News, Jazz, NPR
Play Live Radio
Next Up:
0:00
0:00
Available On Air Stations
Environment

Invasive Brazilian Peppertree Has New Nemesis In Florida: Tiny Insect

Brazilian peppertree thrips, or Pseudophilothrips ichini. Courtesy/UF-IFAS
Brazilian peppertree thrips, or Pseudophilothrips ichini. Courtesy/UF-IFAS

Florida scientists launched an experiment Thursday morning using a small bug they believe will be a game-changer in controlling Brazilian peppertrees across the state.

The University of Florida Institute of Food and Agricultural Sciences released Brazillian peppertree thrips onto Adams Ranch in Fort Pierce. The Ranch has been overtaken by the invasive plants.

In recent decades, Mike Adams said the trees have been an expensive problem on his 40,000 acre property.

"We spend about a quarter of a million dollars on controlling our Brazilian peppers every year so this will help decrease some of our cost,” he said. “Also we'll use a lot less chemicals for the environment."

UF-IFAS said the Brazilian peppertree is Florida's most serious invasive weed, costing the state more than $4.7 million every year to control. A press release said more than 700,000 of Florida’s natural areas, ranchlands and highway roadsides are consumed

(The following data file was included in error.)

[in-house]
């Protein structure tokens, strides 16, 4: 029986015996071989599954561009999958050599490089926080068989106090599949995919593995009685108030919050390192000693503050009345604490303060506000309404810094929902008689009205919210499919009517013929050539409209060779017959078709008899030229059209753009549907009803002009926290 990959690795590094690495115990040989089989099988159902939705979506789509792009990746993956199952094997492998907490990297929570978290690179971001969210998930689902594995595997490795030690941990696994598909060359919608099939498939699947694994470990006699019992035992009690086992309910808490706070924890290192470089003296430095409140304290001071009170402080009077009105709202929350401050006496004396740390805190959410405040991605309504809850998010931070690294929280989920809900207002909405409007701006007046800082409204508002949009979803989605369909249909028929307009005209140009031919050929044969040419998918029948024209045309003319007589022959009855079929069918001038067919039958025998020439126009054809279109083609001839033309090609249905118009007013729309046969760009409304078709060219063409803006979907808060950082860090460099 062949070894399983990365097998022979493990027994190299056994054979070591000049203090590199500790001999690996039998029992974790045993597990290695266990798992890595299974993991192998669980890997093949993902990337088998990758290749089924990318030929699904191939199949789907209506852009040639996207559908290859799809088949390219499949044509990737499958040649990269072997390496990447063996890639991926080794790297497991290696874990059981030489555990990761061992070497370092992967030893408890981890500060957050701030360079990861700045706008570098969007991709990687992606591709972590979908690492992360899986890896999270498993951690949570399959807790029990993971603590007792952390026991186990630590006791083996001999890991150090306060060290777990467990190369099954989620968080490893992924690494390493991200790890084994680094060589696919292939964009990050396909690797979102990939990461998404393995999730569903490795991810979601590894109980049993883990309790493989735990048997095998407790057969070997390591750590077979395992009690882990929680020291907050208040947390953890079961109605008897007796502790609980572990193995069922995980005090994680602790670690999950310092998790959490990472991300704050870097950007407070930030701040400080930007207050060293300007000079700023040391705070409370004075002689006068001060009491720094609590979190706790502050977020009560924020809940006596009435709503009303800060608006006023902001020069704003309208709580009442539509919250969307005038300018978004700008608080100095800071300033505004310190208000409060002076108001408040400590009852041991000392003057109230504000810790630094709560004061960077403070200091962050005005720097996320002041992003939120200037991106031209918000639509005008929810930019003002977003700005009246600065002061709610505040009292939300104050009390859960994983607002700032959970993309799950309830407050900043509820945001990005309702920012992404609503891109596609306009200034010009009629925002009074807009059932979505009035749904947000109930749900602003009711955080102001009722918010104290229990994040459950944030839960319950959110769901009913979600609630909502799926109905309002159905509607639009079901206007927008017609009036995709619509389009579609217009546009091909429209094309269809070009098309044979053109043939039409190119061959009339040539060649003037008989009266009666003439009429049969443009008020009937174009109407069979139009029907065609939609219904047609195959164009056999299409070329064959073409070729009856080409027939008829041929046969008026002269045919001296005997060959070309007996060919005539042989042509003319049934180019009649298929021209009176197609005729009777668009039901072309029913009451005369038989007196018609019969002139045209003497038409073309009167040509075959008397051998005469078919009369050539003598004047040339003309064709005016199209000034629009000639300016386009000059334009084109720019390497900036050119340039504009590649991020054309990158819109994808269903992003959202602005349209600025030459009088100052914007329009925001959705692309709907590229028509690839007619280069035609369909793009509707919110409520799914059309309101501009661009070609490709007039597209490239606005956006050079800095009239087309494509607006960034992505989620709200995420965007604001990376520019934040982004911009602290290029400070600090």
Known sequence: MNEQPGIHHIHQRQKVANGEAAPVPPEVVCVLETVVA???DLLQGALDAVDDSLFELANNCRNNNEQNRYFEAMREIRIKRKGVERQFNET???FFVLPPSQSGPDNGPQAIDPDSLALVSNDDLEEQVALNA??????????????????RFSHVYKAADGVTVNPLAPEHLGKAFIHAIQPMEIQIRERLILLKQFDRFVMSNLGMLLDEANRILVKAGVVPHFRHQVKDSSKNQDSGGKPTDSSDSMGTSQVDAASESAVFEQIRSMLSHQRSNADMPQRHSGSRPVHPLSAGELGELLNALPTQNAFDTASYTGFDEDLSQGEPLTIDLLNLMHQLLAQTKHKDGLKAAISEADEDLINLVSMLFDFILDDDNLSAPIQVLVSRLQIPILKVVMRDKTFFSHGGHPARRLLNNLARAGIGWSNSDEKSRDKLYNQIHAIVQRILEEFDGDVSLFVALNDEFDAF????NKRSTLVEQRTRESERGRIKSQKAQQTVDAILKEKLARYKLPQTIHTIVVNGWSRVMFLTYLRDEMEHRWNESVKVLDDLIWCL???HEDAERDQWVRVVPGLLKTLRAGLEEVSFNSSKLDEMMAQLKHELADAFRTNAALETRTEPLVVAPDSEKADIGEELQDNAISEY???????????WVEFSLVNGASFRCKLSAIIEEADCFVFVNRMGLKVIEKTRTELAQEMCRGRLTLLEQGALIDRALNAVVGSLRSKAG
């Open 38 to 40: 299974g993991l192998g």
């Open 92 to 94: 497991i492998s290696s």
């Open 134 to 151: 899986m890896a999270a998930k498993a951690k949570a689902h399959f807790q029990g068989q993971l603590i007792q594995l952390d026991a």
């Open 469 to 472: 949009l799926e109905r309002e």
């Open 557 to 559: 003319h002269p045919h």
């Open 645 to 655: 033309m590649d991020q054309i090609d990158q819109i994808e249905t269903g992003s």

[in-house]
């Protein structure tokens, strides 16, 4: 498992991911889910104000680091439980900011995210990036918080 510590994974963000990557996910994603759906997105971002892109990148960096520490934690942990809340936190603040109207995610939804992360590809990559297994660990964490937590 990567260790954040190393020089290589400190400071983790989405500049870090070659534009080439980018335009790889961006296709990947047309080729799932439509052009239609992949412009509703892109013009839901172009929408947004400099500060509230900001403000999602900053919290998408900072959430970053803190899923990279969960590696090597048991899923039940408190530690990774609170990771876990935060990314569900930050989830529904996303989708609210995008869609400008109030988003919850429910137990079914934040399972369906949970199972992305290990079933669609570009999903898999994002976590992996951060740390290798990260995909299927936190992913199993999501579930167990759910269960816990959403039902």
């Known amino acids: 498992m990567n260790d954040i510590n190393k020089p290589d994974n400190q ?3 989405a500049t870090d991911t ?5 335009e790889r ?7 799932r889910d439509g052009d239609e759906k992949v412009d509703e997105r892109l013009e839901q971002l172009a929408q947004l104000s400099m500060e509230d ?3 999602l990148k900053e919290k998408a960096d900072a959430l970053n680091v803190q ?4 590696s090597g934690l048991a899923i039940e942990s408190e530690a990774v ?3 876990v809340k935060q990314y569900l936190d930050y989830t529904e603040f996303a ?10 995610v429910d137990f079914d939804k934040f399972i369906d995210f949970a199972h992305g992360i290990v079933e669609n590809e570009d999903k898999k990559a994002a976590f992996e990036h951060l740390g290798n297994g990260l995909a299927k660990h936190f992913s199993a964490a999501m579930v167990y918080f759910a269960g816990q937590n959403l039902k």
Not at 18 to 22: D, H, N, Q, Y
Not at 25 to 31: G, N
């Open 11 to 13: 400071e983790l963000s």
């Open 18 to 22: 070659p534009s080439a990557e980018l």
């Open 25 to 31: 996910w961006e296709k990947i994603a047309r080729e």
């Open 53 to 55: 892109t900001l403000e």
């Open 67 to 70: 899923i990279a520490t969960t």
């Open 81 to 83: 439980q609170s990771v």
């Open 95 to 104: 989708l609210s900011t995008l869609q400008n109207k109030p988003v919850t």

UF-IFAS said the Brazilian peppertree is Florida's most serious invasive weed, costing the state more than $4.7 million every year to control. A press release said more than 700,000 acres of Florida’s natural areas, ranchlands and highway roadsides are consumed by the trees. Courtesy/UF-IFAS

Adams said he hopes these thrips will help create more grasslands for his cattle.

Speaking at the ranch, Kelly Curruthers with UF-IFAS said researchers traveled to Brazil to find the bug and have been working for more than 10 years to release them in Florida. 

"If this insect will establish and will eat the Brazilian peppertree we can really reduce the amount of herbicides that we use especially in those natural areas where you're worried about herbicides getting into the water or effecting the landscapes," Curruthers said.

She said the USDA finally recommended thrips for release after ensuring they will only eat Brazilian peppertrees.

Many small thrips on a Brazilian peppertree leaves. Courtesy/UF-IFAS
Courtesy/UF-IFAS

"So this is a very exciting time for the people of Florida,” said Eric Rohrig with the state Department of Agriculture who attended the release.

“Most people are impacted by Brazilian pepper whether they realize it or not, so this is just another wonderful opportunity for us to collaborate-- the University of Florida, United States Department of Agriculture, and Florida Department of Agriculture."